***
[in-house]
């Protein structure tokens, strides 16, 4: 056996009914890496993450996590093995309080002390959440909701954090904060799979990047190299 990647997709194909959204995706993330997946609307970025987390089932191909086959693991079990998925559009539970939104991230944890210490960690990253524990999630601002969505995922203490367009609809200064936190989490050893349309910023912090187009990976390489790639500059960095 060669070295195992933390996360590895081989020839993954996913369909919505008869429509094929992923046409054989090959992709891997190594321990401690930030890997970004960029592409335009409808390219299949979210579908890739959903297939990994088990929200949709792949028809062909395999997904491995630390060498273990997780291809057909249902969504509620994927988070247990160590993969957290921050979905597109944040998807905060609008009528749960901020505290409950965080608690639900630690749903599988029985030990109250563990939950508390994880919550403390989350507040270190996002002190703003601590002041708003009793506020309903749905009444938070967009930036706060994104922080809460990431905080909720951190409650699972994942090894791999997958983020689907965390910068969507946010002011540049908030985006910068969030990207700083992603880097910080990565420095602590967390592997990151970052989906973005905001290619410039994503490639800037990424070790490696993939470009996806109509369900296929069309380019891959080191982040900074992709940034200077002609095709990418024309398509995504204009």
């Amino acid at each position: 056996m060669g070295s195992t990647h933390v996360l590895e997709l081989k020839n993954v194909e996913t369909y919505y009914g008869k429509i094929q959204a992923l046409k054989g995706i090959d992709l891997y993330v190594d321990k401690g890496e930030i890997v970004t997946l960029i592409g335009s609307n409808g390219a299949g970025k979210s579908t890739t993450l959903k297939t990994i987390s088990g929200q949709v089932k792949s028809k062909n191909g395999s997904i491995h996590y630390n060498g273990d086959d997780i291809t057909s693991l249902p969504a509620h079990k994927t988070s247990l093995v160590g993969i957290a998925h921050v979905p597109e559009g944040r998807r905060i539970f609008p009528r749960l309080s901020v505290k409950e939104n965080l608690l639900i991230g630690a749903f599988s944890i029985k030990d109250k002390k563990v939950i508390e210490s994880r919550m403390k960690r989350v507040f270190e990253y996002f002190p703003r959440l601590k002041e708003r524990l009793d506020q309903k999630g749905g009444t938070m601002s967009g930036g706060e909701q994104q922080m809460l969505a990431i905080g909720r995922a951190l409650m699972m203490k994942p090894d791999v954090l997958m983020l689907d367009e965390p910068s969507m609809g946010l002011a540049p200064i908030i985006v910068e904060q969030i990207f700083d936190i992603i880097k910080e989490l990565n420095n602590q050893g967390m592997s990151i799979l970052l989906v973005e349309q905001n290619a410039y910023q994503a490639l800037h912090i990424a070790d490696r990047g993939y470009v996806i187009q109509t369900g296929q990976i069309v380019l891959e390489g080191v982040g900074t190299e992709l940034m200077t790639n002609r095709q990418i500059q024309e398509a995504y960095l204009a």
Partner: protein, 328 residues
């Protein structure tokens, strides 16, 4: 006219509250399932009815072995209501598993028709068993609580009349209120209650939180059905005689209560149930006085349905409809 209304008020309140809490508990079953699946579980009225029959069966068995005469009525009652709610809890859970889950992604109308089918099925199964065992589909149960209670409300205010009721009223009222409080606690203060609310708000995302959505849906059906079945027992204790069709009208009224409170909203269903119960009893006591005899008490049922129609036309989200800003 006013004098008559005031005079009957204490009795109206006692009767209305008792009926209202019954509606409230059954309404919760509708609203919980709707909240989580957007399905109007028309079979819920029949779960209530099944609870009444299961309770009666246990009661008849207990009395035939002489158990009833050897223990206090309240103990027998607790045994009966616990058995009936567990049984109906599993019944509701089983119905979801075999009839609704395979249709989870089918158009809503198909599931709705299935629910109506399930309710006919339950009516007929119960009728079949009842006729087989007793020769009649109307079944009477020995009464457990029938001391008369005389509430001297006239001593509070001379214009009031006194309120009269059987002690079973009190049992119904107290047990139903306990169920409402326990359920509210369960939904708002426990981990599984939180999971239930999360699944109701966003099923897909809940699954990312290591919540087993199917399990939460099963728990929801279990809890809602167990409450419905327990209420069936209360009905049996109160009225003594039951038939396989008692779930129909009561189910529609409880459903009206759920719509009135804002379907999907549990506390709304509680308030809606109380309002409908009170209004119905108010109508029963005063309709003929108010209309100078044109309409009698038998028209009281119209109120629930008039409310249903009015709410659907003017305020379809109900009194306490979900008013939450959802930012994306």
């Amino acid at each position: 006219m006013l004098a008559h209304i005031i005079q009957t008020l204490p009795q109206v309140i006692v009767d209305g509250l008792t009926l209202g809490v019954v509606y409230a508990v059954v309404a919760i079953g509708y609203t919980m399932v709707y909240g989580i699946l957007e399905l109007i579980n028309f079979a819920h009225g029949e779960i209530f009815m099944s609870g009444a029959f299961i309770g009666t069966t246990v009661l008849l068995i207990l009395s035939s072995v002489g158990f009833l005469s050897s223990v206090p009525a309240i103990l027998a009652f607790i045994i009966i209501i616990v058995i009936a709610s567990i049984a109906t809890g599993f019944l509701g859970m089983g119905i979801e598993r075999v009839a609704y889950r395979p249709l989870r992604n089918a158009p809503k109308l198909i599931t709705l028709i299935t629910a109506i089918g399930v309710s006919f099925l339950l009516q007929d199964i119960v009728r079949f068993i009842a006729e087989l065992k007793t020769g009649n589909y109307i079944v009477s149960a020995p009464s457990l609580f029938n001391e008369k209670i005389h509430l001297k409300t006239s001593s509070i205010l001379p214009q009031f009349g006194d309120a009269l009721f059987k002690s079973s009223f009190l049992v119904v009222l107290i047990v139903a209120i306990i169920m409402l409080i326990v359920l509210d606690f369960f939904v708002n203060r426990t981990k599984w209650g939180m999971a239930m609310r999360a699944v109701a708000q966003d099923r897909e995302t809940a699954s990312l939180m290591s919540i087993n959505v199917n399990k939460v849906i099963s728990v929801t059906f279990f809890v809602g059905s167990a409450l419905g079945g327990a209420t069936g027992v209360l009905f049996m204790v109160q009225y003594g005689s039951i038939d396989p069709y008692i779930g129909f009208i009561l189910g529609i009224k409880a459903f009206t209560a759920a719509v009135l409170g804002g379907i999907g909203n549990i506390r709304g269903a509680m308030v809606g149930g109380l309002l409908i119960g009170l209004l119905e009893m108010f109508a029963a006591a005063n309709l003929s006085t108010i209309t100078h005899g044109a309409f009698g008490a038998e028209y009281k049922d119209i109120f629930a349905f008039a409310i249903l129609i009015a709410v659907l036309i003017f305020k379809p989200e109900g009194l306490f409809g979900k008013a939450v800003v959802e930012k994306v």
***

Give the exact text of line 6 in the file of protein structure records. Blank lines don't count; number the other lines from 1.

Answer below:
């Amino acid at each position: 006219m006013l004098a008559h209304i005031i005079q009957t008020l204490p009795q109206v309140i006692v009767d209305g509250l008792t009926l209202g809490v019954v509606y409230a508990v059954v309404a919760i079953g509708y609203t919980m399932v709707y909240g989580i699946l957007e399905l109007i579980n028309f079979a819920h009225g029949e779960i209530f009815m099944s609870g009444a029959f299961i309770g009666t069966t246990v009661l008849l068995i207990l009395s035939s072995v002489g158990f009833l005469s050897s223990v206090p009525a309240i103990l027998a009652f607790i045994i009966i209501i616990v058995i009936a709610s567990i049984a109906t809890g599993f019944l509701g859970m089983g119905i979801e598993r075999v009839a609704y889950r395979p249709l989870r992604n089918a158009p809503k109308l198909i599931t709705l028709i299935t629910a109506i089918g399930v309710s006919f099925l339950l009516q007929d199964i119960v009728r079949f068993i009842a006729e087989l065992k007793t020769g009649n589909y109307i079944v009477s149960a020995p009464s457990l609580f029938n001391e008369k209670i005389h509430l001297k409300t006239s001593s509070i205010l001379p214009q009031f009349g006194d309120a009269l009721f059987k002690s079973s009223f009190l049992v119904v009222l107290i047990v139903a209120i306990i169920m409402l409080i326990v359920l509210d606690f369960f939904v708002n203060r426990t981990k599984w209650g939180m999971a239930m609310r999360a699944v109701a708000q966003d099923r897909e995302t809940a699954s990312l939180m290591s919540i087993n959505v199917n399990k939460v849906i099963s728990v929801t059906f279990f809890v809602g059905s167990a409450l419905g079945g327990a209420t069936g027992v209360l009905f049996m204790v109160q009225y003594g005689s039951i038939d396989p069709y008692i779930g129909f009208i009561l189910g529609i009224k409880a459903f009206t209560a759920a719509v009135l409170g804002g379907i999907g909203n549990i506390r709304g269903a509680m308030v809606g149930g109380l309002l409908i119960g009170l209004l119905e009893m108010f109508a029963a006591a005063n309709l003929s006085t108010i209309t100078h005899g044109a309409f009698g008490a038998e028209y009281k049922d119209i109120f629930a349905f008039a409310i249903l129609i009015a709410v659907l036309i003017f305020k379809p989200e109900g009194l306490f409809g979900k008013a939450v800003v959802e930012k994306v």